A Neil Simon doubleheader
Brandon Uranowitz in “Broadway Bound,” one of a pair of plays at the Old Globe.
The Old Globe scores an engaging doubleheader with Neil Simon’s “Brighton Beach Memoirs” and “Broadway Bound,” triumphantly opening the 2010-11 season. Under the perceptive direction of Scott Schwartz, a proficient cast and a crack design team make these opening and closing chapters in the saga of Simon’s alter ego, Eugene Jerome, a rewarding repertory experience.
Extending Simon’s subtext by having the same actors portray the adults who inhabit both works, director Schwartz makes a persuasive case for “Brighton” and “Broadway” as conjoined familial memory plays. (The trilogy’s Tony-winning centerpiece “Biloxi Blues” follows Eugene through basic training as World War II ends, its own self-contained entity.)
Schwartz frames the approach with each play’s Eugene observing his past-future self as snow falls on scenic designer Ralph Funicello’s split-level homestead. This device plays effectively, as does Schwartz’s use of the aisles and author-approved tweaks to shore up links between the plays.
“Brighton Beach” is easily the funnier property, for all its flashes of gravitas. Set in 1937, the narrative deploys precocious Eugene (the marvelous Austyn Myers) as envoy to his financially stressed clan. They include not just his father, Jack (the superb David Bishins), his mother, Kate (a revelatory Karen Ziemba), and his older brother, Stanley (Sloan Grenz). There is also his mother’s tremulous widowed sister, Blanche Morton (Bonnie Black) and her daughters: nubile Nora (Allie Trimm) and cardiovascular-challenged Laurie (Julia Vanderwiel).
As Eugene shares his secret writing ambitions and burning pubescent urges with preternatural aplomb and many one-liners, his real-life proxy makes pert observations about sibling rivalry, parent-child relationships and internecine charity. Despite a spate of over-tidy Act 2 resolutions and some too-easy Jewishversus-gentile zingers, the current environment lends Simon’s plot turns a patina of relevance, from lost jobs and health crises to imperiled foreign kin and reckless enlistment.
“Brighton” embraces hilarity and family solidarity as counter to global uncertainty and economic duress. “Broadway Bound,” though not without its laughs, takes an opposite tack. It’s 1949, and grown Eugene (Brandon Uranowitz) and Stan (Joseph Parks), still at home but not for long, strive to become radio sketch writers. The Mortons have moved out and on, with well remarried Blanche now the charitable one. Add Ben Epstein (a spot-on Howard Green), Kate and Blanche’s undemonstrative Trotskyite father, now living at the Jerome home and separated from his wife.
Although Eugene and Stan using their relatives as sketch fodder has tickling aspects, “Broadway” is only marginally a comedy, only nominally the boys’ story (though Eugene remains our emcee). It’s really about the parents, all of them, and after Jack’s midlife crisis hits home with post-Odets force, “Broadway” hits its climax in what may be the best single scene Simon has ever written. As Kate shares with Eugene the high point of her youth — a ballroom dance with George Raft — the years and her stern facade drop before our eyes, magically.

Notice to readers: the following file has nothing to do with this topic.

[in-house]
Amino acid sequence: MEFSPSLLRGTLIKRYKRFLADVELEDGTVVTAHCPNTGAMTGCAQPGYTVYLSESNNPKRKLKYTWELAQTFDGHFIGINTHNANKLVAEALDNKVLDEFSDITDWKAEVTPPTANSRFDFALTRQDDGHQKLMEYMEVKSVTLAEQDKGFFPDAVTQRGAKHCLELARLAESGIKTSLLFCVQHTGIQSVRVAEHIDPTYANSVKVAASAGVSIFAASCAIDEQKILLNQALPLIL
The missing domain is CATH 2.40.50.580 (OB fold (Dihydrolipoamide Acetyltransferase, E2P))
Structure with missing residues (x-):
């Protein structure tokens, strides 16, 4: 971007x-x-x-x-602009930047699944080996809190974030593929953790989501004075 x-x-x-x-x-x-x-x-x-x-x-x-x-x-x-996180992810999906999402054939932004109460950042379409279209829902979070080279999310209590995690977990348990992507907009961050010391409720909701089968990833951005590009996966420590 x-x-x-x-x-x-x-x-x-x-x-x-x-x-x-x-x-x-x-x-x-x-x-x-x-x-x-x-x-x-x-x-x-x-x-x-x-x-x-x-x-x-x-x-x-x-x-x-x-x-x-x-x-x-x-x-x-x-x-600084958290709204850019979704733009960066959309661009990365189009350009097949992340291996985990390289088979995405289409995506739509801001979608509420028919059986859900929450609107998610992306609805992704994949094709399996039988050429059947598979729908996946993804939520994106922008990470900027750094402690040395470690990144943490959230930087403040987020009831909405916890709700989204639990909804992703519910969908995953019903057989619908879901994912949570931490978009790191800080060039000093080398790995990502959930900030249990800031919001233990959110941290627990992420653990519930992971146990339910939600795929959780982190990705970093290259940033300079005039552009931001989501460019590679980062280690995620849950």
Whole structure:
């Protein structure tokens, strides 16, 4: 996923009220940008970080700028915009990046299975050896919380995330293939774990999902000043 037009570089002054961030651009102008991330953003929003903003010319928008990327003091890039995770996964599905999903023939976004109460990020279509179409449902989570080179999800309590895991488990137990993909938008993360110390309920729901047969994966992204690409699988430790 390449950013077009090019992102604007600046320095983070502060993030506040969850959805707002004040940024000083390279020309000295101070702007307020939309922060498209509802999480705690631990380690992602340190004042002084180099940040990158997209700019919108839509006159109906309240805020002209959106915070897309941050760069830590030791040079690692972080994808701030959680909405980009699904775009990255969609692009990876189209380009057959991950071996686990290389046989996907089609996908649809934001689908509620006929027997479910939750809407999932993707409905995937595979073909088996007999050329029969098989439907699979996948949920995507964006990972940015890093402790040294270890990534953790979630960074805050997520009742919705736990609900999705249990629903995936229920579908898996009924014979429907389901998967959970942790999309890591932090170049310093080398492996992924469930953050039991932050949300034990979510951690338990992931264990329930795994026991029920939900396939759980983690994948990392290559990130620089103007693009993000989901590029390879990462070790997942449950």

Schwartz locates intent here that outstrips Simon’s rich but overwritten script, composer Michael Holland’s underscoring even more evocative than in “Brighton.” The designs throughout maintain the Globe’s high standards, Funicello’s detailed set a perfect frame for Alejo Vietti’s realistic costumes, Matthew McCarthy’s split-second lighting and Paul Peterson’s focused sound.
With all due credit to originator Matthew Broderick, the elfin Myers is the most convincing teen Eugene we’ve seen, stellar far beyond his years. He ideally matches up with Uranowitz’s saucy-sincere adult version, and though Grenz and Parks don’t equate quite so purely, they are both fine, fervent and funny. Black sometimes attacks Blanche’s beats more technically than naturally yet seems certain to only deepen as the run progresses. Green swipes every scene; Trimm and Vanderwiel are exactly right.
Above all, Bishin’s imploding gruffness and tenderness jerks tears and laughs at once, in total alignment with the always-wonderful Ziemba, whose inwardly motivated characterization is enormously affecting and true — a career-best turn. So sensitive a level of investment is typical of what makes this resourceful double bill such a satisfying achievement.
BROTHERS: Sloan Grenz plays Stanley, left, and Austyn Myers is Eugene in “Brighton Beach.”
Brandon Uranowitz plays Eugene in Neil Simon’s “Broadway Bound.”